The post describes few basic commands to check the health of a ZFS pool.
1. Basic Storage Pool Health Status
The simplest way to request a quick overview of pool health status by zpool status -x command.
# zpool status -x all pools are healthy
You can list the pool state for a specific pool by specifying the pool name as follows:
# zpool status -x tank pool 'tank' is healthy
2. Detailed Health Status
You can request a more detailed health summary by using the -v option to see if pool state is ONLINE.
Example of a pool in ONLINE state.
# zpool status -v tank pool: tank state: ONLINE scrub: none requested config: NAME STATE READ WRITE CKSUM tank ONLINE 0 0 0 mirror ONLINE 0 0 0 c1t0d0 ONLINE 0 0 0 c1t1d0 ONLINE 0 0 0 errors: No known data errors
Example of a pool in DEGRADED state.
# zpool status -v tank pool: tank state: DEGRADED status: One or more devices could not be opened. Sufficient replicas exist for the pool to continue functioning in a degraded state. action: Attach the missing device and online it using zpool online see: http://www.sun.com/msg/ZFS-8000-2Q scrub: none requested config: NAME STATE READ WRITE CKSUM tank DEGRADED 0 0 0 mirror DEGRADED 0 0 0 c1t0d0 FAULTED 0 0 0 cannot open c1t1d0 ONLINE 0 0 0 errors: No known data errors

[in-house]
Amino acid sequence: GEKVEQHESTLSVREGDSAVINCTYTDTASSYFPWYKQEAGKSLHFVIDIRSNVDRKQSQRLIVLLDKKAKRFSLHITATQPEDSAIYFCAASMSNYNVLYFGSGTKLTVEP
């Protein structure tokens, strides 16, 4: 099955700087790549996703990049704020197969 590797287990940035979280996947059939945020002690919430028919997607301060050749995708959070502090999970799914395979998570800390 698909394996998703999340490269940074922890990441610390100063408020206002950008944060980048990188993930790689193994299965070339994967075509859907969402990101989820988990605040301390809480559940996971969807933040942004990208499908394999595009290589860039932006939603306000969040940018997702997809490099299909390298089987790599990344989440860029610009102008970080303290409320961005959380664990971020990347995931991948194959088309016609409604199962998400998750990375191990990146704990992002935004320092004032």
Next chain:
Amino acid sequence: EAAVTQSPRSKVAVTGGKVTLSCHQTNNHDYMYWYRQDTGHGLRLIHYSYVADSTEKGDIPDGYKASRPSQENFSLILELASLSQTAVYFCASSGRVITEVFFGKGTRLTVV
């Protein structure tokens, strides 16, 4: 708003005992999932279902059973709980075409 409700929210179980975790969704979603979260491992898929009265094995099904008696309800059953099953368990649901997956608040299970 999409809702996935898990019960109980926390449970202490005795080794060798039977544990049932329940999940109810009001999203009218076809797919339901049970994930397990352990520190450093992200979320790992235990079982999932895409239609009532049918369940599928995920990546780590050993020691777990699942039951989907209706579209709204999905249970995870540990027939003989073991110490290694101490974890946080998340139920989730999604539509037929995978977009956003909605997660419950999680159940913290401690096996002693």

– If all virtual devices are ONLINE, then the pool is also ONLINE.
– If any one of the virtual devices is DEGRADED or UNAVAILABLE, then the pool is also DEGRADED.
– If a top-level virtual device is FAULTED or OFFLINE, then the pool is also FAULTED.
– A pool in the ONLINE state is running fine without any issues detected. You can run zpool scrub [poolname] to check data integrity.
– A pool in the DEGRADED state continues to run, but you might not achieve the same level of data redundancy or data throughput than if the pool were online.
– A pool in the FAULTED or UNAVAIL state is usually inaccessible, however there may be occasions where reads succeed, however writes will fail.